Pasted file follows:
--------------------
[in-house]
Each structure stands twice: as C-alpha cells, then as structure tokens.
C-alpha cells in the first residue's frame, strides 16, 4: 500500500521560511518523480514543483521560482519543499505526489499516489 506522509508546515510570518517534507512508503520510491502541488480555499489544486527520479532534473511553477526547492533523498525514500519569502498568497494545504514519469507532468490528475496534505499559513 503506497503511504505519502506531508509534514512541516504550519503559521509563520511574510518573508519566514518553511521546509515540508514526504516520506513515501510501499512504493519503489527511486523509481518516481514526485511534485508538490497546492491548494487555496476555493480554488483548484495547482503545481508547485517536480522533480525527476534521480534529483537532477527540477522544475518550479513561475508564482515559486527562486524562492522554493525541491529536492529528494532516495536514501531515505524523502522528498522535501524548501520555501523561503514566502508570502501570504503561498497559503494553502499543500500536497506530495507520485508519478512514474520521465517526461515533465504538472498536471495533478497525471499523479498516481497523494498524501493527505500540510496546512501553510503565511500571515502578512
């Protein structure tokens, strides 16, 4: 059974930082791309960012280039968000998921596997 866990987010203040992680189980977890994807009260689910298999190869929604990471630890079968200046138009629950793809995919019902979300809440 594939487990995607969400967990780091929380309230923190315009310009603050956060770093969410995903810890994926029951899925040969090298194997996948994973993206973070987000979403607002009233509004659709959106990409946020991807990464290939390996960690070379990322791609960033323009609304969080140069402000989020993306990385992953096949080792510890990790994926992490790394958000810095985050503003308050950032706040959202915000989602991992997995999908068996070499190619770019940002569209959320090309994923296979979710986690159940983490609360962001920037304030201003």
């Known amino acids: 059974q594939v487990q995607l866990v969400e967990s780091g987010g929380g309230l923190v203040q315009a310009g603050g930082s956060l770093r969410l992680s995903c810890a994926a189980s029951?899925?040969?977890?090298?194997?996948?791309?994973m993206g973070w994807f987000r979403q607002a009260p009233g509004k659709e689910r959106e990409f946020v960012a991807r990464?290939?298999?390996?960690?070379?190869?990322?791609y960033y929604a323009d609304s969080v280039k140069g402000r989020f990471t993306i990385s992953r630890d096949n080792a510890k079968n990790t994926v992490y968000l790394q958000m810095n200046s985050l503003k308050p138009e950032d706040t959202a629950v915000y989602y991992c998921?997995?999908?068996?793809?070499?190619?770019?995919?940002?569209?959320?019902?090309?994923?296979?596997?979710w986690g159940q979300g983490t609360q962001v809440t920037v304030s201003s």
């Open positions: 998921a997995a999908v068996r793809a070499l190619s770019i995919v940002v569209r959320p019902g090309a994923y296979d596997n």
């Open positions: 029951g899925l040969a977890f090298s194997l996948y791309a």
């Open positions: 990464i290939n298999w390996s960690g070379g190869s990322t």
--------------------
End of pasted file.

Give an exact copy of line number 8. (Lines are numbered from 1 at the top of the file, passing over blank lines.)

């Open positions: 990464i290939n298999w390996s960690g070379g190869s990322t």